Memory of Jesus crucified

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Memorial of Saint Augustine of Canterbury (+605 ca.), bishop, father of the English church.


Reading of the Word of God

Alleluia, alleluia, alleluia

This is the Gospel of the poor,
liberation for the imprisoned,
sight for the blind,
freedom for the oppressed.

Alleluia, alleluia, alleluia

Acts 18,9-18

One night the Lord spoke to Paul in a vision, 'Be fearless; speak out and do not keep silence: I am with you. I have so many people that belong to me in this city that no one will attempt to hurt you.' So Paul stayed there preaching the word of God among them for eighteen months. But while Gallio was proconsul of Achaia, the Jews made a concerted attack on Paul and brought him before the tribunal, saying, 'We accuse this man of persuading people to worship God in a way that breaks the Law.' Before Paul could open his mouth, Gallio said to the Jews, 'Listen, you Jews. If this were a misdemeanour or a crime, it would be in order for me to listen to your plea; but if it is only quibbles about words and names, and about your own Law, then you must deal with it yourselves -- I have no intention of making legal decisions about these things.' Then he began to hustle them out of the court, and at once they all turned on Sosthenes, the synagogue president, and beat him in front of the tribunal. Gallio refused to take any notice at all. After staying on for some time, Paul took leave of the brothers and sailed for Syria, accompanied by Priscilla and Aquila. At Cenchreae he had his hair cut off, because of a vow he had made.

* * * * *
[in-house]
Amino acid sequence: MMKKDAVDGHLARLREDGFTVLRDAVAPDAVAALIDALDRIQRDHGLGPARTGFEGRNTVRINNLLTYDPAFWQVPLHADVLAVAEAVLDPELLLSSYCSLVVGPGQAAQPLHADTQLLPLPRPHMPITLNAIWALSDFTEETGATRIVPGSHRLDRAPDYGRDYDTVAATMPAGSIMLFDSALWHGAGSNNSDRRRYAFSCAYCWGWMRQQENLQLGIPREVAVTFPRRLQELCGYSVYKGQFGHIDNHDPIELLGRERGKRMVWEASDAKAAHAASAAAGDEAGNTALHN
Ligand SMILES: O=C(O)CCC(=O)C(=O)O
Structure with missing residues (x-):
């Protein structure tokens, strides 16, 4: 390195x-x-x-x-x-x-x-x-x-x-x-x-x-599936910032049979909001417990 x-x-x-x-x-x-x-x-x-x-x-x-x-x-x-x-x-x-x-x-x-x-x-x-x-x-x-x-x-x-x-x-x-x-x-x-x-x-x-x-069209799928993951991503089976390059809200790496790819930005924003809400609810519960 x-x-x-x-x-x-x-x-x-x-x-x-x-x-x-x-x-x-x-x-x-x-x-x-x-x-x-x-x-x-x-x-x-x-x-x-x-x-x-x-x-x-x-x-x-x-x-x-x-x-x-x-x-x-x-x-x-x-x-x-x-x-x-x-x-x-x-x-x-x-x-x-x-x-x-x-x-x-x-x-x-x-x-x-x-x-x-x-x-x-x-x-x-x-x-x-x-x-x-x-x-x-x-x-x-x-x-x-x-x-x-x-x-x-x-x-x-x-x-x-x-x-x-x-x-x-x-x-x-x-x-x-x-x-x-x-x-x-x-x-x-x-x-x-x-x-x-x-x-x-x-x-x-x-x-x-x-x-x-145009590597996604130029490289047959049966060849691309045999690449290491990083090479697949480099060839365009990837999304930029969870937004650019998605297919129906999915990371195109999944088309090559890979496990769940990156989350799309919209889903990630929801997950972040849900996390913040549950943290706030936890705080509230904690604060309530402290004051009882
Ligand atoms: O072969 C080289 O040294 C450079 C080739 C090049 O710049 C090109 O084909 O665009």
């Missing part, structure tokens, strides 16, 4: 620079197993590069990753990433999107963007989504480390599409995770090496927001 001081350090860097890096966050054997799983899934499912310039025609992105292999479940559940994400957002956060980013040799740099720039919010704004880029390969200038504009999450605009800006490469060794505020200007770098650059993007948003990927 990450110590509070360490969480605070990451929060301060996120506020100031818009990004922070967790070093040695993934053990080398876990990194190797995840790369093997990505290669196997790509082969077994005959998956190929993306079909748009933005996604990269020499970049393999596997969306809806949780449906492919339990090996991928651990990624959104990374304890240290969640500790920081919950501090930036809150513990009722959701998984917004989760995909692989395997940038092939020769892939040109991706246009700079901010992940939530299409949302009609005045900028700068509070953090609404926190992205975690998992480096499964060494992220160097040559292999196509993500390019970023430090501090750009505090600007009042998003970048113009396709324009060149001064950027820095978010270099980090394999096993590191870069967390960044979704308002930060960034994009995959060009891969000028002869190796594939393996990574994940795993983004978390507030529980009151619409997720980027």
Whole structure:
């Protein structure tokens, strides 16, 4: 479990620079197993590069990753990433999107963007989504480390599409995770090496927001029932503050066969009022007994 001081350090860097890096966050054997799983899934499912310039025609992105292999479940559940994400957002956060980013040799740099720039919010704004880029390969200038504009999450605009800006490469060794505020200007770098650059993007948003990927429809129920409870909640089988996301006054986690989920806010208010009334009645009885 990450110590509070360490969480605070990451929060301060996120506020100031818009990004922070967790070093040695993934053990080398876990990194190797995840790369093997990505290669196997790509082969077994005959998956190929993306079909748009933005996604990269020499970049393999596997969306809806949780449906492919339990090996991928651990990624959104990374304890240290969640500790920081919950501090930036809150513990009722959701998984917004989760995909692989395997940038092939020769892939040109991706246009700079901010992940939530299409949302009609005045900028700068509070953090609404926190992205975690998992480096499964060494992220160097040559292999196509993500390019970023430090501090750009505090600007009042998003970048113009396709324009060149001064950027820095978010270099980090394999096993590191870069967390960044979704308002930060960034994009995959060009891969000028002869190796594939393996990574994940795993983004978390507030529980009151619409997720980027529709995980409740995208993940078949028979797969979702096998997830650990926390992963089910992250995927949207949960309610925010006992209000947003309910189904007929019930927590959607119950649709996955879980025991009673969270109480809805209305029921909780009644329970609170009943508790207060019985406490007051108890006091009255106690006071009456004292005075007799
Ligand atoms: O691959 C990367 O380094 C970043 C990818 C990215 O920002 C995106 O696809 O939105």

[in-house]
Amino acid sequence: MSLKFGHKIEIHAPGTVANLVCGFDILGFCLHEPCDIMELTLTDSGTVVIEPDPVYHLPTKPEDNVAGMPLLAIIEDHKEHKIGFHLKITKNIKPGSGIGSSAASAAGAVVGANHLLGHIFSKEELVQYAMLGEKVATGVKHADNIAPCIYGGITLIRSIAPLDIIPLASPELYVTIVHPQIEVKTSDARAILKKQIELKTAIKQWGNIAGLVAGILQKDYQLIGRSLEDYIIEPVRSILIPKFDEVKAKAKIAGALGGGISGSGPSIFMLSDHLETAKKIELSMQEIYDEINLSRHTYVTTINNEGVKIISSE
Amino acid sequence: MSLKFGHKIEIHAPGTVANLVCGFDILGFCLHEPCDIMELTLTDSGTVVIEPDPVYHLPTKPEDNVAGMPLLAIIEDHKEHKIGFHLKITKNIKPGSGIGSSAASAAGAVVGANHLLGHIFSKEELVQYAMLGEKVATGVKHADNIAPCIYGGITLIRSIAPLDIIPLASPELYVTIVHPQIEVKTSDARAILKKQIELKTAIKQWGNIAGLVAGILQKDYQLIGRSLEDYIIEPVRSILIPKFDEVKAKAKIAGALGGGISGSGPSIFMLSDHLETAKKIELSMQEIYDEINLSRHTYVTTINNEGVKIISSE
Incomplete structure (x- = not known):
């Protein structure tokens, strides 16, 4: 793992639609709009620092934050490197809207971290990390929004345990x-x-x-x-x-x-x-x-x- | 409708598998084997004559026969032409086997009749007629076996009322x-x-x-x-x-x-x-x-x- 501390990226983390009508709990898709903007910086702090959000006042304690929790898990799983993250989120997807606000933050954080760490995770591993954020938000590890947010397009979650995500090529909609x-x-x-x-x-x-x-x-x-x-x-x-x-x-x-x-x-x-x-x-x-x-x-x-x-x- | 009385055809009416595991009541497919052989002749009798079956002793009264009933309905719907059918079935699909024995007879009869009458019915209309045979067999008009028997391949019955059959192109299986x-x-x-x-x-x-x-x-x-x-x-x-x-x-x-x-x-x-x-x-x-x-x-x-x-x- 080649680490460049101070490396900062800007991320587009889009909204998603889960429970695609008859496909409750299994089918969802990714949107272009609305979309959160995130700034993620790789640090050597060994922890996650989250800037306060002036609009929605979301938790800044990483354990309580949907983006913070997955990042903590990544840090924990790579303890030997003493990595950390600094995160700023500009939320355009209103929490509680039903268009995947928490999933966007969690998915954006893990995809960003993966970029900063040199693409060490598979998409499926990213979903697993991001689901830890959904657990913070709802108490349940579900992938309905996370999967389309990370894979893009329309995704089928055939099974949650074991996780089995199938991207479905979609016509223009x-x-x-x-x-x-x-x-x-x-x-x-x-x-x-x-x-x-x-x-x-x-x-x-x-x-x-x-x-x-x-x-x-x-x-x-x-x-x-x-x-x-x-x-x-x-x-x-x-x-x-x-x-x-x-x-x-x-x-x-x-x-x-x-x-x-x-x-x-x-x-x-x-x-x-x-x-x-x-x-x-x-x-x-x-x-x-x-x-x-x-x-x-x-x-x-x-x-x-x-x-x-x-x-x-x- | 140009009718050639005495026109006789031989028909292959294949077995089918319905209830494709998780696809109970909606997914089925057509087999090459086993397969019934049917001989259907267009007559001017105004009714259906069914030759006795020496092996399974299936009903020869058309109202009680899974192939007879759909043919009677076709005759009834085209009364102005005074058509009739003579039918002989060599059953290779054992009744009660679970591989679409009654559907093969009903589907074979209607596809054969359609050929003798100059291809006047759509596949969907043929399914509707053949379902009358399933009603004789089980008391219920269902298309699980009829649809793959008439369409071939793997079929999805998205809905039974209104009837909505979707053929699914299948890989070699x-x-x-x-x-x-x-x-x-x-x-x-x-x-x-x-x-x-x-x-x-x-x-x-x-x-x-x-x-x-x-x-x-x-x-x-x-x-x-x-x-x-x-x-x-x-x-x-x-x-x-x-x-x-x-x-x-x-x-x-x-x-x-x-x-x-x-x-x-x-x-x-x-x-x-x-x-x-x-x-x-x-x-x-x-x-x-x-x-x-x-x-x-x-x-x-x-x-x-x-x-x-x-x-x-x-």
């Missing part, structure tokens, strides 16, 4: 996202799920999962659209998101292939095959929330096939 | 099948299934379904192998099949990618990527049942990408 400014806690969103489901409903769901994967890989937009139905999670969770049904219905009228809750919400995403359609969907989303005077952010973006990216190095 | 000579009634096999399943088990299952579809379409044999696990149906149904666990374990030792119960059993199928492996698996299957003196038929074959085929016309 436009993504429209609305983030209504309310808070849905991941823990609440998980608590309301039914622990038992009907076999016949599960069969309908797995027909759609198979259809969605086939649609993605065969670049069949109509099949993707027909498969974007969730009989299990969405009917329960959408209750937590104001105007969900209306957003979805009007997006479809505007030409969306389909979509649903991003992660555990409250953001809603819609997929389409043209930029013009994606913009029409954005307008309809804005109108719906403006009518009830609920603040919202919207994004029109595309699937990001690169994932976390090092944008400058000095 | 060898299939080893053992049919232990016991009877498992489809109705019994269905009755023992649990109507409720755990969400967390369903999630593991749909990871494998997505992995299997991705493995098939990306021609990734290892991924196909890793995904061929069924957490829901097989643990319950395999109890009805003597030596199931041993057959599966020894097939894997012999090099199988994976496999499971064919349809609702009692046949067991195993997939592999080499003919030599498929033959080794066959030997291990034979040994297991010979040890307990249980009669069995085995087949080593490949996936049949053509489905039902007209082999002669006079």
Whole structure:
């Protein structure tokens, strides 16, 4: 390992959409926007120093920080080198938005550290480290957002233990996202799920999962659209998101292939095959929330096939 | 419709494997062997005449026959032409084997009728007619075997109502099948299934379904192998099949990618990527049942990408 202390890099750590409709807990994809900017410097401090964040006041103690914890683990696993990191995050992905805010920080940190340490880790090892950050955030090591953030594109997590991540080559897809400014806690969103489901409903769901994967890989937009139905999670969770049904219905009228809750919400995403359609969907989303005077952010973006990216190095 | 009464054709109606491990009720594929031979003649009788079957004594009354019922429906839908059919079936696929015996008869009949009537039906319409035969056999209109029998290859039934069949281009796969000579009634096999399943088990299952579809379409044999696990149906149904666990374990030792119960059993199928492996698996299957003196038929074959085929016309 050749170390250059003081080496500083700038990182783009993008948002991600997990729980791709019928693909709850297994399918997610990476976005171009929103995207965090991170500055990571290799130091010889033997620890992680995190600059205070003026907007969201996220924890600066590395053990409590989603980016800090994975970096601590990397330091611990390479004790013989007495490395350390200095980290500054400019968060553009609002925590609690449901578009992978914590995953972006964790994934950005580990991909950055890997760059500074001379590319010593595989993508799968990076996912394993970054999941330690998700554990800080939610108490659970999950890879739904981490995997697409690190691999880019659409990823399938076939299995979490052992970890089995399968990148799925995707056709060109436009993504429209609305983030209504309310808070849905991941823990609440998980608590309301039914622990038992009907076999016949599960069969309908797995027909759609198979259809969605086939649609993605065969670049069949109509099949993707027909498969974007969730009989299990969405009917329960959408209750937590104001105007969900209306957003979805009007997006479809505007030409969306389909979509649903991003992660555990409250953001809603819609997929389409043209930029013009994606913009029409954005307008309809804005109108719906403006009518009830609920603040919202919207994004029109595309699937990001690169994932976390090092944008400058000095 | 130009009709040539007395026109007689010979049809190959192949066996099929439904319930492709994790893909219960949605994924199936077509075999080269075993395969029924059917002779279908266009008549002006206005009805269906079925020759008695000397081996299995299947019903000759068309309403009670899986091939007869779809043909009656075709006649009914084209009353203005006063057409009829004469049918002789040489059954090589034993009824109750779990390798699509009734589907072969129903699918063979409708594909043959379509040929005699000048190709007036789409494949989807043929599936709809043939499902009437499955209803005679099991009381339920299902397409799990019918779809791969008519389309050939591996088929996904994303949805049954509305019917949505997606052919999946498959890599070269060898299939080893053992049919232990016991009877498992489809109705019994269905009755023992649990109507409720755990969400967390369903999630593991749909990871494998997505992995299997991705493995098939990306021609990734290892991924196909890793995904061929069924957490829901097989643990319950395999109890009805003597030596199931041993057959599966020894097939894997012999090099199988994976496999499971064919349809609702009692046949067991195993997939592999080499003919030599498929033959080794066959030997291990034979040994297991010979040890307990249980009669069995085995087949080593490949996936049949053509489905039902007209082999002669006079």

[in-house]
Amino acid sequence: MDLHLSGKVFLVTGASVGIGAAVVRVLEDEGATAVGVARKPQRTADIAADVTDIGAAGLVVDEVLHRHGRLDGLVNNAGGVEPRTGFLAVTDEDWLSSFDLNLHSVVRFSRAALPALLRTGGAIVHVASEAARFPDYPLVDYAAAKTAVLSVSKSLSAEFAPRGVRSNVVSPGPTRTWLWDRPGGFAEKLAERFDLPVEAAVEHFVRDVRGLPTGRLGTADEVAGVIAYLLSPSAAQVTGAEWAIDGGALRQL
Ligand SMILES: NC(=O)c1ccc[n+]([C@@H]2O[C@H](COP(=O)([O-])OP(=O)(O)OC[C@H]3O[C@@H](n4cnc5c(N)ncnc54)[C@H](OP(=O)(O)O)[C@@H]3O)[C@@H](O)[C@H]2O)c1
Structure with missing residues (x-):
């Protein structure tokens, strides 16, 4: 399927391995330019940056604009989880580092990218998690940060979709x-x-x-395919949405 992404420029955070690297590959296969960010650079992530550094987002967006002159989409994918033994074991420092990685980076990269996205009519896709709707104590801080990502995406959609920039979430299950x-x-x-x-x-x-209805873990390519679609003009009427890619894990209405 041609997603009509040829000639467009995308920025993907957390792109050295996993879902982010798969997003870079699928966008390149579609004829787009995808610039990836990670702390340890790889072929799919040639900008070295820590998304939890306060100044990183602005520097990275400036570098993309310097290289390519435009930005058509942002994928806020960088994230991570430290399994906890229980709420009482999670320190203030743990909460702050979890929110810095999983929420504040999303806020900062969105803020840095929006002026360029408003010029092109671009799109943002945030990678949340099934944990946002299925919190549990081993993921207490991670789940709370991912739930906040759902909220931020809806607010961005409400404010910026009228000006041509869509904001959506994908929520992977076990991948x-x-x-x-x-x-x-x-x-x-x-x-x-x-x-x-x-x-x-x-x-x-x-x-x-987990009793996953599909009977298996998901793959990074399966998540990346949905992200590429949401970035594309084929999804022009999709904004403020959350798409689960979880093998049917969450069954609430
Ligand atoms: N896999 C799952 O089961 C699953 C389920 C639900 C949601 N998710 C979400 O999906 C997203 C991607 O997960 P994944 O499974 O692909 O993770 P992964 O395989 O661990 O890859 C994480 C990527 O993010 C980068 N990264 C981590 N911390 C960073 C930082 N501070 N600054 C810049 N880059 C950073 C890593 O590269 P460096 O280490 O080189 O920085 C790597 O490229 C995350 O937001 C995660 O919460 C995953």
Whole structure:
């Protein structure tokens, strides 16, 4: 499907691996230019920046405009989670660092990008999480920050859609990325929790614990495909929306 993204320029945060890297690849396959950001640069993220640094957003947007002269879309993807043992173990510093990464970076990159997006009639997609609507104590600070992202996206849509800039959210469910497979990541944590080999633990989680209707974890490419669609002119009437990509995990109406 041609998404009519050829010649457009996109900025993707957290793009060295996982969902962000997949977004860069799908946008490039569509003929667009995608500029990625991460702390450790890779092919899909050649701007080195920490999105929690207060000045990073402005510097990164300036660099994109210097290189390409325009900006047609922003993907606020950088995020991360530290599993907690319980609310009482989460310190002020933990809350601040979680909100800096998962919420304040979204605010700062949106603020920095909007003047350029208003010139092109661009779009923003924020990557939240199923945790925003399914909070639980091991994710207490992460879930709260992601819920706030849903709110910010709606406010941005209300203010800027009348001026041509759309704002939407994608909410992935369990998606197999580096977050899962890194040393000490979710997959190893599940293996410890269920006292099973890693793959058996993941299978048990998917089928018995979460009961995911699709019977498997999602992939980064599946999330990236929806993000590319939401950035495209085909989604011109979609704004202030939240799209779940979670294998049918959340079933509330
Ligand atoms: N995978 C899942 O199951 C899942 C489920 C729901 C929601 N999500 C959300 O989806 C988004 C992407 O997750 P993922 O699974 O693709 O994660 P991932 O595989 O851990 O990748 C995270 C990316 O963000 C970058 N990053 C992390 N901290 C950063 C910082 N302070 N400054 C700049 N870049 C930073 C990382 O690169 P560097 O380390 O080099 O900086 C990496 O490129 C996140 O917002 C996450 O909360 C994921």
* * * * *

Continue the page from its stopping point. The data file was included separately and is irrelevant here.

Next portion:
Alleluia, alleluia, alleluia

The Son of Man came to serve,
whoever wants to be great
should become servant of all.

Alleluia, alleluia, alleluia

The Corinthian community grew in number of believers, but at the same time problems also grew and hostility mostly from the Jews. The clash was becoming harsher and harsher. What started with Cornelius in Caesarea (Acts 10) continued on a large scale in Corinth. The competition between the synagogue and the new Christian community, triggered by the proximity of the places and the conversion of Crispus, had been more than vivacious. Paul was probably discouraged several times. The nocturnal vision that Luke recounts shows the Lord appearing to him at night and comforting him to continue his mission in Corinth: "Do not be afraid, but speak and do not be silent; for I am with you and no one will lay a hand on you to harm you; for there are many in this city who are my people." Paul accepted these words of comfort and decided to stay another year and a half in Corinth to preach the Gospel there. Not only did he feel Jesus' protection in his mission, but there was also a definite plan of the Lord who had a people in that city. Paul must have a mind and heart turned to the entire city. It is a clear strategic horizon: the preaching of the Gospel is for the entire city, precisely so that the great people that the Lord has chosen may emerge. The Lord wants to save the cities through the presence of his people. This was the challenge for Paul, but it is also the challenge for the Christians of today: how we can communicate the Gospel in the cities, we think of today's large cities that are like deserts of loneliness, so that a large people often hidden and irrelevant may grow. This is still God's dream.